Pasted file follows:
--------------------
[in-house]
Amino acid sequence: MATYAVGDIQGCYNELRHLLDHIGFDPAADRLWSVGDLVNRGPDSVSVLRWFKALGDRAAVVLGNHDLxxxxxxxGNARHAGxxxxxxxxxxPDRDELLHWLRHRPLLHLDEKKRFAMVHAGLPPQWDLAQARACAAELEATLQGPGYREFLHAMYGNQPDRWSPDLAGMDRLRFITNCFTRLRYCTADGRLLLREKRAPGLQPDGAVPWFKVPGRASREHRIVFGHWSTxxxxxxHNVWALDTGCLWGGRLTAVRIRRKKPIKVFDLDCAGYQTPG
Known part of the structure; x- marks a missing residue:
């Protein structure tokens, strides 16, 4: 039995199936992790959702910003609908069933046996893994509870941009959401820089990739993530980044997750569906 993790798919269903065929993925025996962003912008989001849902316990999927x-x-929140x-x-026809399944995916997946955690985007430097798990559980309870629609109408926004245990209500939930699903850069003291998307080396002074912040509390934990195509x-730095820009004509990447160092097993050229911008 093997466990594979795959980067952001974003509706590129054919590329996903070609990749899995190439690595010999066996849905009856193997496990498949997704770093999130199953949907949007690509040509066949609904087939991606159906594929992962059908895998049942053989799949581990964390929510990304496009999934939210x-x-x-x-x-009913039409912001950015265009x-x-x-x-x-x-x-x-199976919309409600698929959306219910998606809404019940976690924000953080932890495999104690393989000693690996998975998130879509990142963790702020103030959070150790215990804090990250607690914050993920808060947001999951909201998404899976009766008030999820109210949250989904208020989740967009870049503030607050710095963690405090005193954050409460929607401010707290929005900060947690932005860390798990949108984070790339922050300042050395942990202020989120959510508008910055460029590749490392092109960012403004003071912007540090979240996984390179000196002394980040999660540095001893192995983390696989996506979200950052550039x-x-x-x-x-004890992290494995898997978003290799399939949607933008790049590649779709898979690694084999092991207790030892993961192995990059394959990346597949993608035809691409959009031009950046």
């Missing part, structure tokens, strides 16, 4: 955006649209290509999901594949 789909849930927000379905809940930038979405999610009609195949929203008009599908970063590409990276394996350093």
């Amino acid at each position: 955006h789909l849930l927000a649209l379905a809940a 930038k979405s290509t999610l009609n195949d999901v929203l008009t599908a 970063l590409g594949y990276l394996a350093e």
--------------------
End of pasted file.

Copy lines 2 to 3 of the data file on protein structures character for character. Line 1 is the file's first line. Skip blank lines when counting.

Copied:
Amino acid sequence: MATYAVGDIQGCYNELRHLLDHIGFDPAADRLWSVGDLVNRGPDSVSVLRWFKALGDRAAVVLGNHDLxxxxxxxGNARHAGxxxxxxxxxxPDRDELLHWLRHRPLLHLDEKKRFAMVHAGLPPQWDLAQARACAAELEATLQGPGYREFLHAMYGNQPDRWSPDLAGMDRLRFITNCFTRLRYCTADGRLLLREKRAPGLQPDGAVPWFKVPGRASREHRIVFGHWSTxxxxxxHNVWALDTGCLWGGRLTAVRIRRKKPIKVFDLDCAGYQTPG
Known part of the structure; x- marks a missing residue: